Experts successfully treat sleep disordersResidents of Grand Forks can rest easy at night, thanks to the small staff of the local Sleep Wellness Center at Winmar Diagnostics.
By: Will Powell, Grand Forks Herald
Residents of Grand Forks can rest easy at night, thanks to the small staff of the local Sleep Wellness Center at Winmar Diagnostics.
The Sleep Wellness Center of Grand Forks, currently located in the Stadler Center Complex, was established in 2009 and is an extension of the Fargo Sleep Wellness Center, which was established in 1994.
Travis Boespflug, a sleep technician at the Sleep Wellness Center, treats between 10 and 15 patients a month. The center’s typical patients are either being tested for obstructive sleep apnea or narcolepsy. OSA causes abnormal breathing throughout the night, which leads to brief but constant waking.
“It’s very gratifying to see all of the positive results from patients who can finally have a good night’s sleep and can finally function properly during the day,” Boespflug says. “It also comes into play that if they are married and have a spouse, they can not only provide a better night’s sleep for the patient, but also their spouse.”
The American Sleep Association estimates 12 million Americans suffer from OSA and many don’t know they have it. According to Boespflug, obesity and a large body size are the biggest risk factors for the condition.
“The biggest thing is neck size. That plays a large role in the obstruction of the airway,” Boespflug says.
Because daytime sleepiness and depression are indicative symptoms of sleep apnea, many of Boespflug’s referrals come from psychologists.
“The referral process comes from independent physicians, whether it’s a rural clinic, Sanford, local psychologists … it’s more the independent physicians that we kind of cater to,” Boespflug says.
“Typically, when we get a referral, it comes with an order that has been presented by the physician,” says Linda Lofgren, a clinician working in the Fargo Sleep Wellness Center. Treatment of sleep apnea can be in the form of different applications, but the more popular path is Continuous Positive Airway Pressure.”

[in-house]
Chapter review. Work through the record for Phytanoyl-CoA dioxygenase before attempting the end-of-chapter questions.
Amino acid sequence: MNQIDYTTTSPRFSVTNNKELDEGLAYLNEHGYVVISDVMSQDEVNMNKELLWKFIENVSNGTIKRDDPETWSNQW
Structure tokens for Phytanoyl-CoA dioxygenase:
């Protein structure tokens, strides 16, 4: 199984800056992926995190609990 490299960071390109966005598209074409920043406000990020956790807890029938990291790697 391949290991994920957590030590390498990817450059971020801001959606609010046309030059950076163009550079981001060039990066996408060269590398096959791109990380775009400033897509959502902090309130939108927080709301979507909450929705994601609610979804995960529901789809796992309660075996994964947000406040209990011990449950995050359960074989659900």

In CPAP, prescribed air pressure blown from a machine through a mask forces an obstructed airway to remain open during sleep, allowing the patient a night of undisturbed rest.
“We fit them with that, to best meet their needs,” Lofgren says.
The CPAP machine is also effective in treating patients suffering from parasomnia, the constant occurrence of unnatural dreams, and night terrors, the constant occurrence of violent nightmares.
“It’s almost like they just freeze up,” Boespflug says about night terror patients. “Some people will kind of have convulsions where they’ll just get really tensed up; sometimes their body will kind of just jump all around. There’s all different types, every case is different. Typically, we’ll leave that up to the sleep physicians as to how they want to treat it. A lot of times, people who have night terrors are also diagnosed with sleep apnea, so if they can get hooked up with a CPAP machine, that will solve the issue, too.”
But, parasomnia and night terrors are rare enough that Boespflug hasn’t treated a patient suffering from night terrors in a year.
CPAP therapy often requires long-term use, but enjoys a high rate of success in patients who use it as directed.
In June 2013, Grand Forks Sleep Wellness Center will move to a new location in the city.